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Local law enforcement talk to students about meth

Thursday, May 10, 2012

(Photo)
Oregon County Sheriff George Underwood speaks with fifth grade students in Thayer about the dangers of methamphetamine. Photo by Linda Greer [Order this photo]
Oregon County Sheriff George Underwood and Chief Deputy Eric King teamed with several Thayer-Mammoth Spring Rotarians recently as they spoke to area fifth-graders about the dangers of methamphetamine.

The teams, including Missouri Highway Patrol Sgt. Ray Rees and Rotary members Catherine McPherson, Bob Eckman, Trena Spears and Joe Garrison, spoke to children in Alton, Thayer, Couch, Koshkonong and Mammoth Spring over several days this month.

Underwood said children in fifth grade, ages 10 and 11, are impressionable, and should be taught young about the consequences of trying meth. Plus, they may encounter a meth lab, which could explode.

Meth labs are becoming smaller and more portable, he said, citing incidents of meth labs discovered hidden on people's bodies.

"I'm just wondering what kind of person would make bad drugs," a student in Thayer teacher Alicia White's class asked.

Underwood said many drug manufacturers started out as good people who experimented with drugs. Before long, they were hooked, lost their jobs and became desperate for ways to make money.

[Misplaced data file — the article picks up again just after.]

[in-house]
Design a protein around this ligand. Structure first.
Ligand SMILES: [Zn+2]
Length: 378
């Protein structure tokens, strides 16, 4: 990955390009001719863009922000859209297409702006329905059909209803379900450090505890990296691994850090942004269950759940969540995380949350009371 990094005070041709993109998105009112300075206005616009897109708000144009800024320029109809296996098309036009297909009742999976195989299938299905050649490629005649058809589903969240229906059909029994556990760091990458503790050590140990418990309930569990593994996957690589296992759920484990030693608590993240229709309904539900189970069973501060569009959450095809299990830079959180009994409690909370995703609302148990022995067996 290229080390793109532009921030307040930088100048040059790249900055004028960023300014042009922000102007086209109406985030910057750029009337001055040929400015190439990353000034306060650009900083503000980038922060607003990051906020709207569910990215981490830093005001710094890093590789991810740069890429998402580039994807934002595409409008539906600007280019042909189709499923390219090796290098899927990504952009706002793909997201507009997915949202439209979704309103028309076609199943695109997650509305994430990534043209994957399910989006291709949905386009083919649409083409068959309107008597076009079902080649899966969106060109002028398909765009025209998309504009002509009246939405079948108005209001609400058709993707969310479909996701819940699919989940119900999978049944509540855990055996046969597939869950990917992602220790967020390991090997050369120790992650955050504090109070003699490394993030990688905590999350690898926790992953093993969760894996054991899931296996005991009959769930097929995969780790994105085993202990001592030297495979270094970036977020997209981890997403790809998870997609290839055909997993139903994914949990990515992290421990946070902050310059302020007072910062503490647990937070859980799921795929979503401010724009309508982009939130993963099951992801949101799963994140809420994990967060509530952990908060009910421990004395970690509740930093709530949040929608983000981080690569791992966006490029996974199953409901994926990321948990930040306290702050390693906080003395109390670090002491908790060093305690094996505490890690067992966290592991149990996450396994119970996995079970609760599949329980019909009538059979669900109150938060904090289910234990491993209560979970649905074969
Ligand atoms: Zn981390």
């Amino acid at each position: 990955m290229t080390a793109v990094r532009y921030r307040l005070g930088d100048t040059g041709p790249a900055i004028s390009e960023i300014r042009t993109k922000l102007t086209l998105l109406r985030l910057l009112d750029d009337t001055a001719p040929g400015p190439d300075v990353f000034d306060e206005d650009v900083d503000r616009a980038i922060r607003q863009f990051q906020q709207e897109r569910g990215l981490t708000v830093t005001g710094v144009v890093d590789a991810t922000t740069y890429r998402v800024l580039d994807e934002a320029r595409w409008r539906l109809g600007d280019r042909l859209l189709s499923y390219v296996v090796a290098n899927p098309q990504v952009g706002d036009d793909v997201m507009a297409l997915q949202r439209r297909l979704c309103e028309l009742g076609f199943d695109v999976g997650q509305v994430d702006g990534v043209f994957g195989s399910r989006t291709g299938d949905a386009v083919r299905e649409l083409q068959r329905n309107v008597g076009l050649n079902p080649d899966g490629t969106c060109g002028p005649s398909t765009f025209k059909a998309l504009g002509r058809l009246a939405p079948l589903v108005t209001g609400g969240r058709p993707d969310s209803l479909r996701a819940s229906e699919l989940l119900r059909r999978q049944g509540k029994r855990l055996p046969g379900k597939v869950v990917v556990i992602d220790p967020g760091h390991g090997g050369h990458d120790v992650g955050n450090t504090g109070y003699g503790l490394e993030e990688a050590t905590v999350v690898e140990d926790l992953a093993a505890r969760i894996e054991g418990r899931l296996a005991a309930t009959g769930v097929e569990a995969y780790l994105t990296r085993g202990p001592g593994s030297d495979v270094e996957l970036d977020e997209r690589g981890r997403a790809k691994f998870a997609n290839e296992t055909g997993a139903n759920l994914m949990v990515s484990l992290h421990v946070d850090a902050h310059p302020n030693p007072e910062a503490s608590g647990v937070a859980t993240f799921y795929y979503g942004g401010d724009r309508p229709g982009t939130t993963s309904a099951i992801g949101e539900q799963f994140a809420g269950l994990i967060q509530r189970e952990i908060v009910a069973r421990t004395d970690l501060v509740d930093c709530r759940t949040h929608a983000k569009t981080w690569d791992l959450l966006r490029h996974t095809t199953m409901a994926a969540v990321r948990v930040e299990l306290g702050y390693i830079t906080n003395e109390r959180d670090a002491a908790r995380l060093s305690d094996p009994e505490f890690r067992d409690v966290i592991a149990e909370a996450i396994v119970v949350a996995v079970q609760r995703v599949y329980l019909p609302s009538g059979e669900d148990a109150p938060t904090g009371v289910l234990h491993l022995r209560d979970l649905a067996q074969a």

Meth is much more affordable, at $5 to $20 per hit, than cocaine, for example, which led to its popularity, Eckman told the students. Meth, however, is extremely damaging to the body, both during and after its use, he said.

Using the class of 20 as an example, Garrison said that if all of them were to try meth one time, only two would walk away without becoming addicted. Ninety percent of those who try meth once, continue to use it, he said.

"How do you know where to look?" another student asked Underwood, referring to meth lab investigations.

"They could be anywhere," Underwood said, adding that the purpose of the class was to make students aware of situations they could encounter.

Spears reminded the students that the first thing they should do if they suspect they have found meth ingredients or a possible lab is to "get out of there." Once they are someplace safe and have washed themselves and changed clothes, they should call law enforcement, she said.

Underwood said many of the inmates he has encountered through his 30 years of working in prisons would not have been there if they had not been involved with drugs.

"Substance abuse affects the majority of people in jail, and we have to deal with them climbing the walls when they come down from drugs," Underwood said.

Substance abuse also is costly for penitentiaries, he said, as inmates who abused drugs, particularly meth, have serious health problems.

Many other crimes, such as child abuse, also are related to substance abuse, Underwood said in a followup interview May 8, adding that the county could do more to bust meth labs if it had more resources.

"We could accomplish a lot more if we had one or two people to do investigations," Underwood said. "Right now, I don't even have enough officers to cover shifts."

Oregon County is part of the eight-county South Central Missouri Drug Task Force. From January to March 2011, task force officers uncovered 19 meth labs in the region.



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